I’m going to use a food processor to show how I make pie crust. Even Julia Child, the grand dame of French cooking and old-school chef, began using a food processor in her later years. It might have even been Martha Stewart who showed her how well it worked, without compromising the quality of the dough, during one of her cooking shows.

Nonetheless, if Julia Child can use one, so can I. There are just a few rules that are important. But they are simple rules.

First, have everything on hand. That would include your food processor, flour, cold butter, shortening, a pourable container full of icy water, and a large piece of plastic wrap. Here’s a recipe.

Pie Crust, also called Short Crust Pastry if you want to be fancy…

2 cups white all-purpose flour
4 tablespoons cold butter, diced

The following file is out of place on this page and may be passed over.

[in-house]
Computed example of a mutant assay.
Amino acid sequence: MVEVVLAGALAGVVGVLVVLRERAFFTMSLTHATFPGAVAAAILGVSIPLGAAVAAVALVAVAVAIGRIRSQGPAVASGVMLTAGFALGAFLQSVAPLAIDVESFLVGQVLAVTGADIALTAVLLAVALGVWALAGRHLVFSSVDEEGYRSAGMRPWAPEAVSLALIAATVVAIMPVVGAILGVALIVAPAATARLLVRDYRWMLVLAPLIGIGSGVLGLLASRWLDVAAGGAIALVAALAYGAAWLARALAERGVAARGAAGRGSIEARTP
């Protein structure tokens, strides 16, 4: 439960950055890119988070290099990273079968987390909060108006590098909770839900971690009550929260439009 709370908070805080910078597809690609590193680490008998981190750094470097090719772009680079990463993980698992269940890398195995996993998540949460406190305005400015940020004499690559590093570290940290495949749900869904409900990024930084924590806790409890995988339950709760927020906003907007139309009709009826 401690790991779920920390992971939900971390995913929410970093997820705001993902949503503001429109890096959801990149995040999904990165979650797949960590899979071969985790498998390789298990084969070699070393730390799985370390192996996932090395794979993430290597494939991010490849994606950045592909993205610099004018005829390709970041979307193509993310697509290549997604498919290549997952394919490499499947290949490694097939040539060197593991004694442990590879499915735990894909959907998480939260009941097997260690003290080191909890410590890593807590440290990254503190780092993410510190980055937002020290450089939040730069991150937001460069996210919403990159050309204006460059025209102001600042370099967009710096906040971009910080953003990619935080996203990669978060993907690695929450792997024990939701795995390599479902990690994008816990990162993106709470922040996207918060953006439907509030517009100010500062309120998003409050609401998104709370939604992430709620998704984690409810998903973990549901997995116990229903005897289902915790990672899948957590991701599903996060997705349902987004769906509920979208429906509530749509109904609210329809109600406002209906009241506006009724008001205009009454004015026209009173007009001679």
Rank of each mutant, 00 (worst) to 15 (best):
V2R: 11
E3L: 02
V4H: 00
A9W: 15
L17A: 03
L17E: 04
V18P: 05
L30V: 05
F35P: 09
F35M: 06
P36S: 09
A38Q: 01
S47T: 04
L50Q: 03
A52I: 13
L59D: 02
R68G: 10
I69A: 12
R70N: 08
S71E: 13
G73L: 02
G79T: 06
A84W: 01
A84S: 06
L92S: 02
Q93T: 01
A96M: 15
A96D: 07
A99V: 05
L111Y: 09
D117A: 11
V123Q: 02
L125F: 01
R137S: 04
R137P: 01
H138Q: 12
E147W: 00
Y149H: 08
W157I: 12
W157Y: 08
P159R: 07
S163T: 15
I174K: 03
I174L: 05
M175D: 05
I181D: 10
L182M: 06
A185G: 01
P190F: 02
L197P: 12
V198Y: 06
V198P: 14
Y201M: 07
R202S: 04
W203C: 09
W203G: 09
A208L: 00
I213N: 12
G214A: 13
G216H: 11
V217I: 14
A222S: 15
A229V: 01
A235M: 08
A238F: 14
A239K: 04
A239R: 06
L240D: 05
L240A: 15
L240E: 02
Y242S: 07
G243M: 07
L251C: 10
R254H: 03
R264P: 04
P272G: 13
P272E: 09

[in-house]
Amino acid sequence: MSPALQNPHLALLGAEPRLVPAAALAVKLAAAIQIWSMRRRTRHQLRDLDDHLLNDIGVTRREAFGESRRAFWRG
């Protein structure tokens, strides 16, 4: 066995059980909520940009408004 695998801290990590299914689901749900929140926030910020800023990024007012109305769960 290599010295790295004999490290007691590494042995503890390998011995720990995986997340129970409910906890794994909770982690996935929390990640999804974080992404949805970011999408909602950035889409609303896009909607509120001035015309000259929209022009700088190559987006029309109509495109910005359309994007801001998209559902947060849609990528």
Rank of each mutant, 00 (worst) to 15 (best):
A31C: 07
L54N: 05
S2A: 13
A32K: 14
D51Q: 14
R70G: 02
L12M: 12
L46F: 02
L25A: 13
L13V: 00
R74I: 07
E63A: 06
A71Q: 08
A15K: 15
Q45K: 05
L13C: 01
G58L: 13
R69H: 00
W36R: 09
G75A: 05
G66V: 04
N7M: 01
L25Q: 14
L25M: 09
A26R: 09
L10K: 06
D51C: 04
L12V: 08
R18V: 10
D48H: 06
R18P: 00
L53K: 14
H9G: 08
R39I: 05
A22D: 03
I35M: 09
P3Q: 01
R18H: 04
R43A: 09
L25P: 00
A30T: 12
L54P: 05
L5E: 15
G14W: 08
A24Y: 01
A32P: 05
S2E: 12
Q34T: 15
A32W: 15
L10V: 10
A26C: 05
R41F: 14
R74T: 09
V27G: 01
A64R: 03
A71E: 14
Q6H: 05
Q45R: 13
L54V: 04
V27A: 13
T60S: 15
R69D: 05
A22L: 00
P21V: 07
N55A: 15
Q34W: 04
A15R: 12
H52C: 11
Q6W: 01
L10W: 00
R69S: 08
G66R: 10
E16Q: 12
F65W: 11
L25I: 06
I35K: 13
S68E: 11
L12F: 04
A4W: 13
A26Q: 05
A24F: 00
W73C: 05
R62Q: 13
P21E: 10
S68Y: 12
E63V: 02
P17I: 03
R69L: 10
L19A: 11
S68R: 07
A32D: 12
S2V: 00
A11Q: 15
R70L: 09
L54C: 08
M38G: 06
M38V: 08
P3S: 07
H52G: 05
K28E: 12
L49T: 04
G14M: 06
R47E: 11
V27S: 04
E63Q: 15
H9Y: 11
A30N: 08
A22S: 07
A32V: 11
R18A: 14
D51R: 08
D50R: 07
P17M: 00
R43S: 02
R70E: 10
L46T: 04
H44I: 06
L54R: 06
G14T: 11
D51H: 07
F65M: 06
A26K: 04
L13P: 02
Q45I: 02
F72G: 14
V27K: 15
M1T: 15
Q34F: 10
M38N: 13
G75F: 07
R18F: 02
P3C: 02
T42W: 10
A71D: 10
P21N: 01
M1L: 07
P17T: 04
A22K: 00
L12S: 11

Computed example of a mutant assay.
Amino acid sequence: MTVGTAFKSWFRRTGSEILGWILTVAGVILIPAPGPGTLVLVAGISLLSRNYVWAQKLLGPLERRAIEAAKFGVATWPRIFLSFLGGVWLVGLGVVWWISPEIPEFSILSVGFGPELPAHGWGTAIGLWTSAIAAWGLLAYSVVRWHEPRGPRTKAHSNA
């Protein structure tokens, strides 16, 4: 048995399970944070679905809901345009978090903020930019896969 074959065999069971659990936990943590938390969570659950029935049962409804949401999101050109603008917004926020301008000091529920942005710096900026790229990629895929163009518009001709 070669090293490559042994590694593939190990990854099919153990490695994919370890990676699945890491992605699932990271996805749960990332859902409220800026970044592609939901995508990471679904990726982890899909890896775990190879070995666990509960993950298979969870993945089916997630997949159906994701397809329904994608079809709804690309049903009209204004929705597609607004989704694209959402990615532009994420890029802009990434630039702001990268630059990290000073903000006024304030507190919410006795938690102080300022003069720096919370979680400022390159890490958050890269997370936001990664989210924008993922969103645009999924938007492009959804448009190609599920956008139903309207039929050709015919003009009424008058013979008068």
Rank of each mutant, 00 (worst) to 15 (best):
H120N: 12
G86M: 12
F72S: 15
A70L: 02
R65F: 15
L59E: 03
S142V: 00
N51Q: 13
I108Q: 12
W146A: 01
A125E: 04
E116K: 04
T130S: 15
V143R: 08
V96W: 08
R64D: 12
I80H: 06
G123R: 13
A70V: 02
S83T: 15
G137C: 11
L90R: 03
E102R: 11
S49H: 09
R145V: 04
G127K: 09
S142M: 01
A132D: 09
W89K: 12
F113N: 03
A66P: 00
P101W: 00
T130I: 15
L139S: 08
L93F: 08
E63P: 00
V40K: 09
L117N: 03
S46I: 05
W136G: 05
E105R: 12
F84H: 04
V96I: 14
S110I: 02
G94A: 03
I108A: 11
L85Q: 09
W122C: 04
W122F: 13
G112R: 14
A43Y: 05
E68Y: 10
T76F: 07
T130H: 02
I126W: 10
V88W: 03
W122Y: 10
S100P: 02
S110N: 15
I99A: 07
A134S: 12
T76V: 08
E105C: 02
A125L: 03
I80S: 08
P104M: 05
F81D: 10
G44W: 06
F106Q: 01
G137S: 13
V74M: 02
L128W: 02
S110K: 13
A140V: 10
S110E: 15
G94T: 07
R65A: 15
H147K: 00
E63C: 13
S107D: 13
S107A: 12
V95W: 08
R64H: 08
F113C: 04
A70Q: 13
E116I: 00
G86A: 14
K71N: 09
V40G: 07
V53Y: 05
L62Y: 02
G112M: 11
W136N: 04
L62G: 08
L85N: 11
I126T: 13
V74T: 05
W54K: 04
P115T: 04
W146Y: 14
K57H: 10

4 tablespoons shortening*
Pinch of salt
Icy cold water, at least 2 cups just so you have enough

Sprinkle a little bit of flour onto the piece of plastic wrap and set aside.

Then place the flour, the diced butter, shortening and salt in your food processor. The butter is diced so that it will incorporate more easily into the flour. (My pie crust for the tomato pie contains nutmeg, which is why you see it in the photo.)

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Pulse the food processor’s blades until the mixture looks like crumbs.